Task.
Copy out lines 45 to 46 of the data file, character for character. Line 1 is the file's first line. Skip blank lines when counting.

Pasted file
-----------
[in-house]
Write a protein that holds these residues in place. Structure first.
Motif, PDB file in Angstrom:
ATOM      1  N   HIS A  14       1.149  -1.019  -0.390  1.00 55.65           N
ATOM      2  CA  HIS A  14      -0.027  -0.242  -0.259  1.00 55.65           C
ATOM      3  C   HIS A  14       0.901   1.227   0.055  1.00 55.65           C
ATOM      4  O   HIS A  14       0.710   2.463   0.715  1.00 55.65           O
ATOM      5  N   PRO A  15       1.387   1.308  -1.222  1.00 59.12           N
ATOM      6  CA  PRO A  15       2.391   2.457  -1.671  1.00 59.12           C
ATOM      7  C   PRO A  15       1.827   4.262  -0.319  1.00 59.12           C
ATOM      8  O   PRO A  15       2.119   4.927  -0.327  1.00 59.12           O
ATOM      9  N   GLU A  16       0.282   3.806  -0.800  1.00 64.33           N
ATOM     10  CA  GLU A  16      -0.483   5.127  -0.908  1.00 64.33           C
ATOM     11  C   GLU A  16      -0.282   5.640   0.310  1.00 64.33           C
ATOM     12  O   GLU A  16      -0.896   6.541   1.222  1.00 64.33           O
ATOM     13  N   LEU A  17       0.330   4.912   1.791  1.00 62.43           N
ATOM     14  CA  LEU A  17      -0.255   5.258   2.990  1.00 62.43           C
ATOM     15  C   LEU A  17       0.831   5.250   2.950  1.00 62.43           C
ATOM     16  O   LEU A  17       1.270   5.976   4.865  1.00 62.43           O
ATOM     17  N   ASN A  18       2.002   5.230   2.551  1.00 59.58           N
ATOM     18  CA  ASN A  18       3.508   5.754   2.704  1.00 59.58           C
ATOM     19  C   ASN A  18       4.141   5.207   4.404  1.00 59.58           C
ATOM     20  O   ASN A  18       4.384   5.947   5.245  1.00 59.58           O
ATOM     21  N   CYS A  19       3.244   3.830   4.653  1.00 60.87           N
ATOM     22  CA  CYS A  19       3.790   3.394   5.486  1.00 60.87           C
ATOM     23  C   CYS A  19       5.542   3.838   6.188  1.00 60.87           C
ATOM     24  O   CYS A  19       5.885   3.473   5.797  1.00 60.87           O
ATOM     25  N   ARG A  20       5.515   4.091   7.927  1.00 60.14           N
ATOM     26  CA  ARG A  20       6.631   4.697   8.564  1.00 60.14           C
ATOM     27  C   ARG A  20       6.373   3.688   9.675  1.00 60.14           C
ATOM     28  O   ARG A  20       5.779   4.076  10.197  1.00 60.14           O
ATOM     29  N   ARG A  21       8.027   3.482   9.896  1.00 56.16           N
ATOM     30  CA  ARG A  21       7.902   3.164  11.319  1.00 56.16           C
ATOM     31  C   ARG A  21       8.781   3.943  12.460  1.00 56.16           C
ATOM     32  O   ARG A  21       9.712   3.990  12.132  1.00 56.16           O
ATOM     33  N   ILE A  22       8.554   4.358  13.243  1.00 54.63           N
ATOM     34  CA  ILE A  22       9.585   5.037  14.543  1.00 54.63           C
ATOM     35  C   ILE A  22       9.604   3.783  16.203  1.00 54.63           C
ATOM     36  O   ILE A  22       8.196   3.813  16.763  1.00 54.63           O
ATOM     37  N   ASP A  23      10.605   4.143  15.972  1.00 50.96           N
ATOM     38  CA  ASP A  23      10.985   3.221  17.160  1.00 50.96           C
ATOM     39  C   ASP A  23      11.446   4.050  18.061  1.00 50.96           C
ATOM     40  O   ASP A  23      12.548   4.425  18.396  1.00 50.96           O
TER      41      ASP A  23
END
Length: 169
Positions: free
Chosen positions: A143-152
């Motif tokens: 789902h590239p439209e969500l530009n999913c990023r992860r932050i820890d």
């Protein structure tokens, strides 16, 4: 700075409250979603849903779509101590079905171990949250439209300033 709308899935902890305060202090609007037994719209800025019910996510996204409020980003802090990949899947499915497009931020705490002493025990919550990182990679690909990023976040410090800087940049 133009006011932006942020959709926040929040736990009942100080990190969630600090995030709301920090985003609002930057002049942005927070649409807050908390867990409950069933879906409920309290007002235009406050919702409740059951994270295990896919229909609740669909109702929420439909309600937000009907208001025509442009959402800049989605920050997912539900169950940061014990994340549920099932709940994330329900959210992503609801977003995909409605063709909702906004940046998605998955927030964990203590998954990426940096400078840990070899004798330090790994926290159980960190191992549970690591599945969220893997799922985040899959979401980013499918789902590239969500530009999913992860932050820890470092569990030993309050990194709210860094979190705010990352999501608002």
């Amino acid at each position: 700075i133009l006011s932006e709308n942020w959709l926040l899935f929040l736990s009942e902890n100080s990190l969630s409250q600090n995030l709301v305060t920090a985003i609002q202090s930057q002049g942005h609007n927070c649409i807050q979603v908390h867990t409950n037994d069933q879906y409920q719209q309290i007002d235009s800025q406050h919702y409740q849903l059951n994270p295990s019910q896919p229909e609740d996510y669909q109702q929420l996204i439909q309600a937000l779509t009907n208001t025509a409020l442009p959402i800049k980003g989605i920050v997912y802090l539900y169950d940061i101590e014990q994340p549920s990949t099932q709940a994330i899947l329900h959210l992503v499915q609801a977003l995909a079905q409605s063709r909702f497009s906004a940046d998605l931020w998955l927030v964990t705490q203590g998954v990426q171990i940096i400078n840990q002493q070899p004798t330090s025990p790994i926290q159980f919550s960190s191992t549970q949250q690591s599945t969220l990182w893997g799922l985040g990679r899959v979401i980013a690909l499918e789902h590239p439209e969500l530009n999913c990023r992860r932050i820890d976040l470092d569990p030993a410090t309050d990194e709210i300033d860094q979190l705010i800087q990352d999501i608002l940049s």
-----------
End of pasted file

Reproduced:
END
Length: 169